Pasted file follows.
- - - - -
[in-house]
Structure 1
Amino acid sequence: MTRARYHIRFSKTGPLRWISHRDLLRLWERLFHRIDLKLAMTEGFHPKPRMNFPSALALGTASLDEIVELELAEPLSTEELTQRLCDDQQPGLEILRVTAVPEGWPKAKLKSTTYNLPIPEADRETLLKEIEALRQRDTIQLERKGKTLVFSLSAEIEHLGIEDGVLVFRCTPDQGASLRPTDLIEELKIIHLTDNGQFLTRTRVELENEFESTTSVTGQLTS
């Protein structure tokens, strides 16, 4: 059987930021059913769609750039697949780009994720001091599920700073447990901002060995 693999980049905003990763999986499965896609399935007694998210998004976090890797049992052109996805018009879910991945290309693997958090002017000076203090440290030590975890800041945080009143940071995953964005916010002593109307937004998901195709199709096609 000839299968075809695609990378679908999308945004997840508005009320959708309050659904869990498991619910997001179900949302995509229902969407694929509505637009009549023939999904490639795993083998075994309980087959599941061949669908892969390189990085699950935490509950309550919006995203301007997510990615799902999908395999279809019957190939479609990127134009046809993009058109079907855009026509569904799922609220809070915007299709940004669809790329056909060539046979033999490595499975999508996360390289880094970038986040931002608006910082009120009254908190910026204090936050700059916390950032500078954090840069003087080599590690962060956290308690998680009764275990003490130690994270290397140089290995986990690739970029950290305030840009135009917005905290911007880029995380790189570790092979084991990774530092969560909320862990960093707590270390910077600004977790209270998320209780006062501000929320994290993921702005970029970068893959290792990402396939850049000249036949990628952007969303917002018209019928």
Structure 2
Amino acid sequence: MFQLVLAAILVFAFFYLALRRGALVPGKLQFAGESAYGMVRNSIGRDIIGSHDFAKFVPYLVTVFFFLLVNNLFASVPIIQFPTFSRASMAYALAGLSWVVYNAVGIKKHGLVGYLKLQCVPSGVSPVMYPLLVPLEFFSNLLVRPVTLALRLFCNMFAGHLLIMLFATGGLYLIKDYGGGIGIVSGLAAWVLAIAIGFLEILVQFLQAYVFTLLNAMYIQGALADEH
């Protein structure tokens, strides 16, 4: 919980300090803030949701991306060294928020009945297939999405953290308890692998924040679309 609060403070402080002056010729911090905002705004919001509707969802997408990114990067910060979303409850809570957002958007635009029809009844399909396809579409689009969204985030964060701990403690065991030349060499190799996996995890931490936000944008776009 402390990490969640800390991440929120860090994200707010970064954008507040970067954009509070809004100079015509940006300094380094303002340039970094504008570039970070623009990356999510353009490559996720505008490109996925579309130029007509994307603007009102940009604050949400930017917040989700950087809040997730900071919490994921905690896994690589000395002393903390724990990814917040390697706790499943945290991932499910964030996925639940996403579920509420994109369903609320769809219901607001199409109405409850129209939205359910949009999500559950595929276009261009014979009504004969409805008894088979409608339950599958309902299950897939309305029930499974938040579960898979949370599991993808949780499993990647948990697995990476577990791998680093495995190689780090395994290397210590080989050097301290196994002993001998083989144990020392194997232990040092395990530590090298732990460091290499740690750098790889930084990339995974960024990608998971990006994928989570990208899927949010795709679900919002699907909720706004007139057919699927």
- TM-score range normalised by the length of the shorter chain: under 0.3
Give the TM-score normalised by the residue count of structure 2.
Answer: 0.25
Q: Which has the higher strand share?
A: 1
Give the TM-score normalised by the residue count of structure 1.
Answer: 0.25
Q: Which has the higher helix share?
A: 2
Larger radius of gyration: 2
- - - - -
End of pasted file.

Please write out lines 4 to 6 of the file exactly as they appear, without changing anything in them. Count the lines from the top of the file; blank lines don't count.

């Protein structure tokens, strides 16, 4: 059987930021059913769609750039697949780009994720001091599920700073447990901002060995 693999980049905003990763999986499965896609399935007694998210998004976090890797049992052109996805018009879910991945290309693997958090002017000076203090440290030590975890800041945080009143940071995953964005916010002593109307937004998901195709199709096609 000839299968075809695609990378679908999308945004997840508005009320959708309050659904869990498991619910997001179900949302995509229902969407694929509505637009009549023939999904490639795993083998075994309980087959599941061949669908892969390189990085699950935490509950309550919006995203301007997510990615799902999908395999279809019957190939479609990127134009046809993009058109079907855009026509569904799922609220809070915007299709940004669809790329056909060539046979033999490595499975999508996360390289880094970038986040931002608006910082009120009254908190910026204090936050700059916390950032500078954090840069003087080599590690962060956290308690998680009764275990003490130690994270290397140089290995986990690739970029950290305030840009135009917005905290911007880029995380790189570790092979084991990774530092969560909320862990960093707590270390910077600004977790209270998320209780006062501000929320994290993921702005970029970068893959290792990402396939850049000249036949990628952007969303917002018209019928």
Structure 2
Amino acid sequence: MFQLVLAAILVFAFFYLALRRGALVPGKLQFAGESAYGMVRNSIGRDIIGSHDFAKFVPYLVTVFFFLLVNNLFASVPIIQFPTFSRASMAYALAGLSWVVYNAVGIKKHGLVGYLKLQCVPSGVSPVMYPLLVPLEFFSNLLVRPVTLALRLFCNMFAGHLLIMLFATGGLYLIKDYGGGIGIVSGLAAWVLAIAIGFLEILVQFLQAYVFTLLNAMYIQGALADEH